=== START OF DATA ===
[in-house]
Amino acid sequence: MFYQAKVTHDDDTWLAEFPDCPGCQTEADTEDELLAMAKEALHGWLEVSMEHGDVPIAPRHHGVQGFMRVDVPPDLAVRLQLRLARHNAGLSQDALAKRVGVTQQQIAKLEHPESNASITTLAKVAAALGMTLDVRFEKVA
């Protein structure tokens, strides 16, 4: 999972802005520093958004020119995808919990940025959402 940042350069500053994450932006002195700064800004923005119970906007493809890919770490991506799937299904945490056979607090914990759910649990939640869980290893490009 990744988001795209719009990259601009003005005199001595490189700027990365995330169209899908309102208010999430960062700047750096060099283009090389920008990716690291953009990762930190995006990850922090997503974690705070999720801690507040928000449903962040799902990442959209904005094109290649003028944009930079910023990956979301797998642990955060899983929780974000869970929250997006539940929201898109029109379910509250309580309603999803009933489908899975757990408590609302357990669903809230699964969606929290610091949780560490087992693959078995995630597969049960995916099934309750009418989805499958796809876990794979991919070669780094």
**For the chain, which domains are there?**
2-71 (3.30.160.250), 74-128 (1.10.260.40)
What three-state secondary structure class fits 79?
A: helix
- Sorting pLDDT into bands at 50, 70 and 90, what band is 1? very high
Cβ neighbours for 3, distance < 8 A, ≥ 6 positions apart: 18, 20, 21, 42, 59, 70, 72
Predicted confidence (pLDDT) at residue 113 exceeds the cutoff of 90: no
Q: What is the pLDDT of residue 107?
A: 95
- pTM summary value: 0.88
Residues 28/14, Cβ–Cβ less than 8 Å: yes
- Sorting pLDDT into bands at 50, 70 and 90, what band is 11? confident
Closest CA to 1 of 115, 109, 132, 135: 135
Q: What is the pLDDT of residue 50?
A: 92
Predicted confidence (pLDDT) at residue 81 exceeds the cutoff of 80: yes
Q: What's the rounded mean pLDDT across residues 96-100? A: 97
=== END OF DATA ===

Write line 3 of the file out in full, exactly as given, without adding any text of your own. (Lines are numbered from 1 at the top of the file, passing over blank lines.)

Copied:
């Protein structure tokens, strides 16, 4: 999972802005520093958004020119995808919990940025959402 940042350069500053994450932006002195700064800004923005119970906007493809890919770490991506799937299904945490056979607090914990759910649990939640869980290893490009 990744988001795209719009990259601009003005005199001595490189700027990365995330169209899908309102208010999430960062700047750096060099283009090389920008990716690291953009990762930190995006990850922090997503974690705070999720801690507040928000449903962040799902990442959209904005094109290649003028944009930079910023990956979301797998642990955060899983929780974000869970929250997006539940929201898109029109379910509250309580309603999803009933489908899975757990408590609302357990669903809230699964969606929290610091949780560490087992693959078995995630597969049960995916099934309750009418989805499958796809876990794979991919070669780094």